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AS AUSTRALIA works towards an HFC phasedown, the European experience – in particular, the illegal importation of CO2-equivalent HFCs – is highlighting challenges that could lie ahead for our industry.

Among a number of refrigerant manufacturers to raise concerns about illegal imports, Honeywell claims that more than 10 million tonnes of unaccounted CO2-equivalent HFCs flooded into the European Union in 2015 – the first year of regulation under the EU’s new F-gas regime.

Under the new legislation, annual quotas are allocated to registered producers and importers who place at least 100 tonnes of CO2-equivalent HFCs in bulk on the market in a calendar year, with stiff penalties in place for those who exceed their quota. 

Last year, around 400 companies were given quotas from a total maximum quantity set at 182.5 million tonnes.

The aim is to progressively cap sales of HFCs permitted on the EU market, bringing maximum sales down to around one-fifth (21 per cent) of 2014 levels by 2030. The total allowable quantity has been reduced by seven per cent this year, then drops by 37 per cent in 2018, 55 per cent in 2021, 69 per cent in 2024, 76 per cent in 2027 and 79 per cent in 2030.

The result, if all goes to plan, will be large reductions in fluorinated greenhouse gas use and emissions, and an irreversible move towards greener (low-GWP) technologies.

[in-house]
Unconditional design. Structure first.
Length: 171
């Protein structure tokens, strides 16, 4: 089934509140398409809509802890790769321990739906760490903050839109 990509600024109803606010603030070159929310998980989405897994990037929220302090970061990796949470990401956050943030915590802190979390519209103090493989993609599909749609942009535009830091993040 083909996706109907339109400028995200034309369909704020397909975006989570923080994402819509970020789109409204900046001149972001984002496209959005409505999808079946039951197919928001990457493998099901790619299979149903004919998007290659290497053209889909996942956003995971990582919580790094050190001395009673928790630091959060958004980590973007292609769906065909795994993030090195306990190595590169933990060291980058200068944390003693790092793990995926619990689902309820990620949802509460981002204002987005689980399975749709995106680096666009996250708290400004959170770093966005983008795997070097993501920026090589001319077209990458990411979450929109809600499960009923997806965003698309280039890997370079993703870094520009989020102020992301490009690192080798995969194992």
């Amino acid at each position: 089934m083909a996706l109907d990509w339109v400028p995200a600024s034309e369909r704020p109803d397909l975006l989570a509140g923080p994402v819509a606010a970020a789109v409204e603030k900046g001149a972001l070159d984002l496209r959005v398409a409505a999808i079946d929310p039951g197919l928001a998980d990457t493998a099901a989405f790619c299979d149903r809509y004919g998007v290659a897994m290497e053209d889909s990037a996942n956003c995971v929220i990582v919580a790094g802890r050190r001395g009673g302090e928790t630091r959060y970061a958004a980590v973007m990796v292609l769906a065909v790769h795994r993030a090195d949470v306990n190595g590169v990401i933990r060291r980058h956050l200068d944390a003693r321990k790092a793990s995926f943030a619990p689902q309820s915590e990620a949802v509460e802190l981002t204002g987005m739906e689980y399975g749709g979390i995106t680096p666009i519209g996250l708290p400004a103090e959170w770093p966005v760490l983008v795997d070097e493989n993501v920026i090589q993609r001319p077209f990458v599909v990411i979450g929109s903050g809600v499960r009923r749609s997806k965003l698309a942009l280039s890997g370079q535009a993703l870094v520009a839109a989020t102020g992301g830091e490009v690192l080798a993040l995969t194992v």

However, in an interview with Britain’s Cooling Post industry newsletter, Honeywell’s German-based fluorine products marketing director for Europe, the Middle East, Africa and India, Patrick Amrhein, said the company had calculated that last year’s result was at least 10 million tonnes higher than the 182.5 million ceiling – and that illegal imports were to blame.

“As Honeywell is a significant market player, we also used our own estimations of imports of the biggest market players,” Dr Amrhein said. “This resulted in a figure showing material which cannot be assigned to any market player – and therefore has to come to the market outside of the quota.

“The amount of material coming into Europe far exceeds what should be coming in. I think 10 million tonnes is a conservative figure. Our estimation is that it is larger.”

Honeywell is understood to have come up with the still-to-be-proven illegal import claim by comparing export data from countries such as China with data from the European Fluorocarbons Technical Committee (EFTC). 

It also cited anecdotal evidence of companies without a quota operating in the marketplace, as well as shipments of refrigerant smuggled into Europe or not properly declared. 

The latter highlights potential issues of implementation and enforcement at customs, which Australian legislators and authorities will need to consider with the move towards an HFC phasedown here.

“We see a disconnect between the legislation and its implementation at a national level,” Dr Amrhein said. 

“I don’t think there is currently a system in place which allows the national customs authorities to really check if an importer has quota or if the importer who does have quota has exceeded the amount of imports they can bring in.”

Another leading manufacturer Chemours has also raised concerns over the potential for illegal trading in the EU, with a spokesperson telling the Cooling Post that the company has “seen market indications of illegal imports as mentioned by Honeywell”.

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